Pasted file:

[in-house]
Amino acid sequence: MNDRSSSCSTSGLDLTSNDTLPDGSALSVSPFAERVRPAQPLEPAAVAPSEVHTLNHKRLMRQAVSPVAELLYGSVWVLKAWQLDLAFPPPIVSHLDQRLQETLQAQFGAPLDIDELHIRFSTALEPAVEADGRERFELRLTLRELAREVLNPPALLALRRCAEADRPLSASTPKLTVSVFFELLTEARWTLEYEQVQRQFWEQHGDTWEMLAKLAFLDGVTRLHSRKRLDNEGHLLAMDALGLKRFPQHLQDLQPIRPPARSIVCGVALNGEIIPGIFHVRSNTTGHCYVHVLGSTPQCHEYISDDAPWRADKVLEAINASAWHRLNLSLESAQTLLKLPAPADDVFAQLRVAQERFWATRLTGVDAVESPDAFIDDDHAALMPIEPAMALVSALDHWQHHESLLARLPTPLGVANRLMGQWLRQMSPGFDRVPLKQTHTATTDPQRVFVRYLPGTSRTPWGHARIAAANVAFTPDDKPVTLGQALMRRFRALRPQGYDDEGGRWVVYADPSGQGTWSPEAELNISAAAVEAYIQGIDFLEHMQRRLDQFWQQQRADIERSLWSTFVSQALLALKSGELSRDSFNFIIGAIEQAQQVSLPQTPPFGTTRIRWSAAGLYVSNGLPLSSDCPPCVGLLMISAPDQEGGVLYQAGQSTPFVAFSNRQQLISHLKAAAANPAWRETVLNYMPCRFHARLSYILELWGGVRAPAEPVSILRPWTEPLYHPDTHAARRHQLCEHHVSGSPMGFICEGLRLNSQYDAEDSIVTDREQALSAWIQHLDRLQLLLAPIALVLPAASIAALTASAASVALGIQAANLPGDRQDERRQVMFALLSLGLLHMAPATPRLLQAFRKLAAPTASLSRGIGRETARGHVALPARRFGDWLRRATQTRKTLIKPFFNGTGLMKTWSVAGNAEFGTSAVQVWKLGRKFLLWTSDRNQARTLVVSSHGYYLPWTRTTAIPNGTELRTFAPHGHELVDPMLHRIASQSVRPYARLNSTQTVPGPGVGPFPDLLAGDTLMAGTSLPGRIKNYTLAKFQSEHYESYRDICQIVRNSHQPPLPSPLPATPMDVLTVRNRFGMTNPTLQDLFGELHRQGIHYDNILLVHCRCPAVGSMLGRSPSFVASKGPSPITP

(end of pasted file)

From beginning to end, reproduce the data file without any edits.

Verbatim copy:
[in-house]
Amino acid sequence: MNDRSSSCSTSGLDLTSNDTLPDGSALSVSPFAERVRPAQPLEPAAVAPSEVHTLNHKRLMRQAVSPVAELLYGSVWVLKAWQLDLAFPPPIVSHLDQRLQETLQAQFGAPLDIDELHIRFSTALEPAVEADGRERFELRLTLRELAREVLNPPALLALRRCAEADRPLSASTPKLTVSVFFELLTEARWTLEYEQVQRQFWEQHGDTWEMLAKLAFLDGVTRLHSRKRLDNEGHLLAMDALGLKRFPQHLQDLQPIRPPARSIVCGVALNGEIIPGIFHVRSNTTGHCYVHVLGSTPQCHEYISDDAPWRADKVLEAINASAWHRLNLSLESAQTLLKLPAPADDVFAQLRVAQERFWATRLTGVDAVESPDAFIDDDHAALMPIEPAMALVSALDHWQHHESLLARLPTPLGVANRLMGQWLRQMSPGFDRVPLKQTHTATTDPQRVFVRYLPGTSRTPWGHARIAAANVAFTPDDKPVTLGQALMRRFRALRPQGYDDEGGRWVVYADPSGQGTWSPEAELNISAAAVEAYIQGIDFLEHMQRRLDQFWQQQRADIERSLWSTFVSQALLALKSGELSRDSFNFIIGAIEQAQQVSLPQTPPFGTTRIRWSAAGLYVSNGLPLSSDCPPCVGLLMISAPDQEGGVLYQAGQSTPFVAFSNRQQLISHLKAAAANPAWRETVLNYMPCRFHARLSYILELWGGVRAPAEPVSILRPWTEPLYHPDTHAARRHQLCEHHVSGSPMGFICEGLRLNSQYDAEDSIVTDREQALSAWIQHLDRLQLLLAPIALVLPAASIAALTASAASVALGIQAANLPGDRQDERRQVMFALLSLGLLHMAPATPRLLQAFRKLAAPTASLSRGIGRETARGHVALPARRFGDWLRRATQTRKTLIKPFFNGTGLMKTWSVAGNAEFGTSAVQVWKLGRKFLLWTSDRNQARTLVVSSHGYYLPWTRTTAIPNGTELRTFAPHGHELVDPMLHRIASQSVRPYARLNSTQTVPGPGVGPFPDLLAGDTLMAGTSLPGRIKNYTLAKFQSEHYESYRDICQIVRNSHQPPLPSPLPATPMDVLTVRNRFGMTNPTLQDLFGELHRQGIHYDNILLVHCRCPAVGSMLGRSPSFVASKGPSPITP